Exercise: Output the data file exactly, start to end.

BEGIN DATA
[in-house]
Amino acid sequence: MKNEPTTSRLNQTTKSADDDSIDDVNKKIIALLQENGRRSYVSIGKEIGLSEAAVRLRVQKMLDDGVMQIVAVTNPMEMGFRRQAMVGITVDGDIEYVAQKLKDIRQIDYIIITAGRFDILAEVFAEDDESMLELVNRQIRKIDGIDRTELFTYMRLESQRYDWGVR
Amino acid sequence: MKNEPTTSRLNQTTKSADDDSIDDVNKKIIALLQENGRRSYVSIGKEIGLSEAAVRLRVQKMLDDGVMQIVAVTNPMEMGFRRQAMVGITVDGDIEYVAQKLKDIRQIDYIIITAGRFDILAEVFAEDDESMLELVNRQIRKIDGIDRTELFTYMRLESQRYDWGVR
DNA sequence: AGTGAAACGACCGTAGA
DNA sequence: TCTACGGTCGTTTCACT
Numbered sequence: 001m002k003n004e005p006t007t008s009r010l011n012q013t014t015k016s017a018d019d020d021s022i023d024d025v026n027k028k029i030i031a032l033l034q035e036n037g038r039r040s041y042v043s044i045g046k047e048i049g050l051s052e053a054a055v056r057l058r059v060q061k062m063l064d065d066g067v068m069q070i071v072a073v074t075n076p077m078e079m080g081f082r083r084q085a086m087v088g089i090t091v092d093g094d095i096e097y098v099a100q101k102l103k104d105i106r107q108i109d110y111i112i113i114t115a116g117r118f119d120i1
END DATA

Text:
[in-house]
Amino acid sequence: MKNEPTTSRLNQTTKSADDDSIDDVNKKIIALLQENGRRSYVSIGKEIGLSEAAVRLRVQKMLDDGVMQIVAVTNPMEMGFRRQAMVGITVDGDIEYVAQKLKDIRQIDYIIITAGRFDILAEVFAEDDESMLELVNRQIRKIDGIDRTELFTYMRLESQRYDWGVR
Amino acid sequence: MKNEPTTSRLNQTTKSADDDSIDDVNKKIIALLQENGRRSYVSIGKEIGLSEAAVRLRVQKMLDDGVMQIVAVTNPMEMGFRRQAMVGITVDGDIEYVAQKLKDIRQIDYIIITAGRFDILAEVFAEDDESMLELVNRQIRKIDGIDRTELFTYMRLESQRYDWGVR
DNA sequence: AGTGAAACGACCGTAGA
DNA sequence: TCTACGGTCGTTTCACT
Numbered sequence: 001m002k003n004e005p006t007t008s009r010l011n012q013t014t015k016s017a018d019d020d021s022i023d024d025v026n027k028k029i030i031a032l033l034q035e036n037g038r039r040s041y042v043s044i045g046k047e048i049g050l051s052e053a054a055v056r057l058r059v060q061k062m063l064d065d066g067v068m069q070i071v072a073v074t075n076p077m078e079m080g081f082r083r084q085a086m087v088g089i090t091v092d093g094d095i096e097y098v099a100q101k102l103k104d105i106r107q108i109d110y111i112i113i114t115a116g117r118f119d120i1